Sudha K. Pai

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Despite significant improvement in survival rates of patients with breast cancer, prognosis of metastatic disease is still dismal. Cancer stem-like cells (CSC) are considered to play a role in metastatic progression of breast cancer; however, the exact pathologic role of CSCs is yet to be elucidated. In this report, we found that CSCs(More)
Metastatic disease is the major cause of cancer deaths, and recurrent tumors at distant organs are a critical issue. However, how metastatic tumor cells become dormant and how and why tumors recur in target organs are not well understood. In this study, we demonstrate that BMP7 (bone morphogenetic protein 7) secreted from bone stromal cells induces(More)
Fatty acid synthase (FAS) has been found to be overexpressed in a wide range of epithelial tumors, including breast cancer. Pharmacologic inhibitors of FAS cause apoptosis of breast cancer cells and result in decreased tumor size in vivo. However, how the inhibition of FAS induces apoptosis in tumor cells remains largely unknown. To understand the apoptotic(More)
The differentiation-related gene-1 (Drg-1) was first identified as a gene strongly upregulated by induction of differentiation in colon carcinoma cells in vitro, and later the same gene was shown to suppress tumorigenicity of human bladder cancer cells in vivo. On the other hand, we and others have demonstrated that the Drg-1 gene suppresses prostate and(More)
Drg-1 was previously identified (N. van Belzen et al., Lab. Investig., 77: 85-92, 1997) as a gene that was up-regulated by the induction of differentiation in a colon carcinoma cell line in vitro. Subsequently, this gene was found to be regulated by several factors including hypoxia, androgen, p53, and N-myc. Recently, Drg-1 has also been shown to be(More)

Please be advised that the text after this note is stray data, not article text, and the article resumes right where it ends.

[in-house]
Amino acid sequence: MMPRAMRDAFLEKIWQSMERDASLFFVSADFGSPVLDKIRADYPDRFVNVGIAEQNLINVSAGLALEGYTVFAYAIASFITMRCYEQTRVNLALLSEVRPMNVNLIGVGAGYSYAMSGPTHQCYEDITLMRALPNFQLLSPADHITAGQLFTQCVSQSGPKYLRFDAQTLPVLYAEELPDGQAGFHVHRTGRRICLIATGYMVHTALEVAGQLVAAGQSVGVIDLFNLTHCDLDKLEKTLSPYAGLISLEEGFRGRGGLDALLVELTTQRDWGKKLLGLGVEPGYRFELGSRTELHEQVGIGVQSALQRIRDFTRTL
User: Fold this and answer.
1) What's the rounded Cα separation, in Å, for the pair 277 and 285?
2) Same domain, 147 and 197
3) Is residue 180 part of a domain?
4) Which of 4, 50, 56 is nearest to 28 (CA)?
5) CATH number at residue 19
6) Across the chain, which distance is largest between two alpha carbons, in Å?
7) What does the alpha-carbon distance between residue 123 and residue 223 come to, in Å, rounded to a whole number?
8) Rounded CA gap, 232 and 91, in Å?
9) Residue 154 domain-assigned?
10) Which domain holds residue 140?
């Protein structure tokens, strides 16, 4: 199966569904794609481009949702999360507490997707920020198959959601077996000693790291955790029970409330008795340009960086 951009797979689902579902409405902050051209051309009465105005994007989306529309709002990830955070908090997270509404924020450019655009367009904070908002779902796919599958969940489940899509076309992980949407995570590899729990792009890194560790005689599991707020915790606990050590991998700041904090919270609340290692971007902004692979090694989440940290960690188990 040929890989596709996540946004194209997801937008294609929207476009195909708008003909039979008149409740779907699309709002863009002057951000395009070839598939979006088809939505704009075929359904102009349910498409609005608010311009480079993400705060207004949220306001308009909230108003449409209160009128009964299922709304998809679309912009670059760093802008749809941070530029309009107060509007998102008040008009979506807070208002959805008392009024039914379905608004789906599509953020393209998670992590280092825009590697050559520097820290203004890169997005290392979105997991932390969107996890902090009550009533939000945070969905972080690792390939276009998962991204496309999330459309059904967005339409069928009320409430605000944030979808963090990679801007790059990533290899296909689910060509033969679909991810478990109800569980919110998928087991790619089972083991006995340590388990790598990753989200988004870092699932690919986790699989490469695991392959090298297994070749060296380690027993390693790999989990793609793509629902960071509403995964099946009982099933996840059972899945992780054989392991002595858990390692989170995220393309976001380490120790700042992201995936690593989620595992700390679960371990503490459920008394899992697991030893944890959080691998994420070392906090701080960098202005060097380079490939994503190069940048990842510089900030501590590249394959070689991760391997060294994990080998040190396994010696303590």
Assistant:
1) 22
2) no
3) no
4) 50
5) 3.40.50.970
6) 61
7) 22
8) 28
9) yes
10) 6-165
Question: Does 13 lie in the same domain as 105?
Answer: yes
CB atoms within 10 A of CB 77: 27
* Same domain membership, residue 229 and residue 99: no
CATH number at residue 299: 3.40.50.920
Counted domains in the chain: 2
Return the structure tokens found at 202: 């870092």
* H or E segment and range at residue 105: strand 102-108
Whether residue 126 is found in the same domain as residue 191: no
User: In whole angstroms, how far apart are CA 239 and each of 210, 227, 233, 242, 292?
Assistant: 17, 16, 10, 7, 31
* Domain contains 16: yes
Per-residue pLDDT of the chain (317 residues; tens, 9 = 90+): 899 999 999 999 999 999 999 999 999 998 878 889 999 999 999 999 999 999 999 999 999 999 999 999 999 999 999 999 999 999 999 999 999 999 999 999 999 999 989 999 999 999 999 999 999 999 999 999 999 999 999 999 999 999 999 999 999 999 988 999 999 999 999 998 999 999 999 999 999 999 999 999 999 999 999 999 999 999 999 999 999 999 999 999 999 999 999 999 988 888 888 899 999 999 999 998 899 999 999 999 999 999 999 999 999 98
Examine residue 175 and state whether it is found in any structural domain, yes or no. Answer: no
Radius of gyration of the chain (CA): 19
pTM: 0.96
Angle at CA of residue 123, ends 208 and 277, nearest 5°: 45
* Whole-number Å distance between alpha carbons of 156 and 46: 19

The fatty acid synthase (FAS) gene is significantly up-regulated in various types of cancers, and blocking the FAS expression results in apoptosis of tumor cells. Therefore, FAS is considered to be an attractive target for anticancer therapy. However, the molecular mechanism by which the FAS gene is up-regulated in tumor cells is poorly understood. We found(More)
CD82, also known as KAI1, was recently identified as a prostate cancer metastasis suppressor gene on human chromosome 11p1.2 (ref. 1). The product of CD82 is KAI1, a 40- to 75-kDa tetraspanin cell-surface protein also known as the leukocyte cell-surface marker CD82 (refs. 1,2). Downregulation of KAI1 has been found to be clinically associated with(More)
Notch signaling is often and aberrantly activated by hypoxia during tumor progression; however, the exact pathological role of hypoxia-induced Notch signaling in tumor metastasis is as yet poorly understood. In this study, we aimed to define the mechanism of Notch-ligand activation by hypoxia in both primary tumor and bone stromal cells in the metastatic(More)
PTEN (phosphatase and tensin homologue deleted on chromosome 10) has been shown to be inactivated in a wide variety of cancers, and the role of this gene as a tumor suppressor has been well established. On the other hand, results of recent animal studies as well as clinical evidence indicate that PTEN is also involved in tumor metastasis suppression.(More)
RhoC is a member of the Ras-homologous family of genes which have been implicated in tumorigenesis and tumor progression. However, the exact role of RhoC is controversial and is yet to be clarified. We have examined the effect of RhoC on prostate tumor cells and found that RhoC had no effect on cell proliferation in vitro or on tumor growth in mice.(More)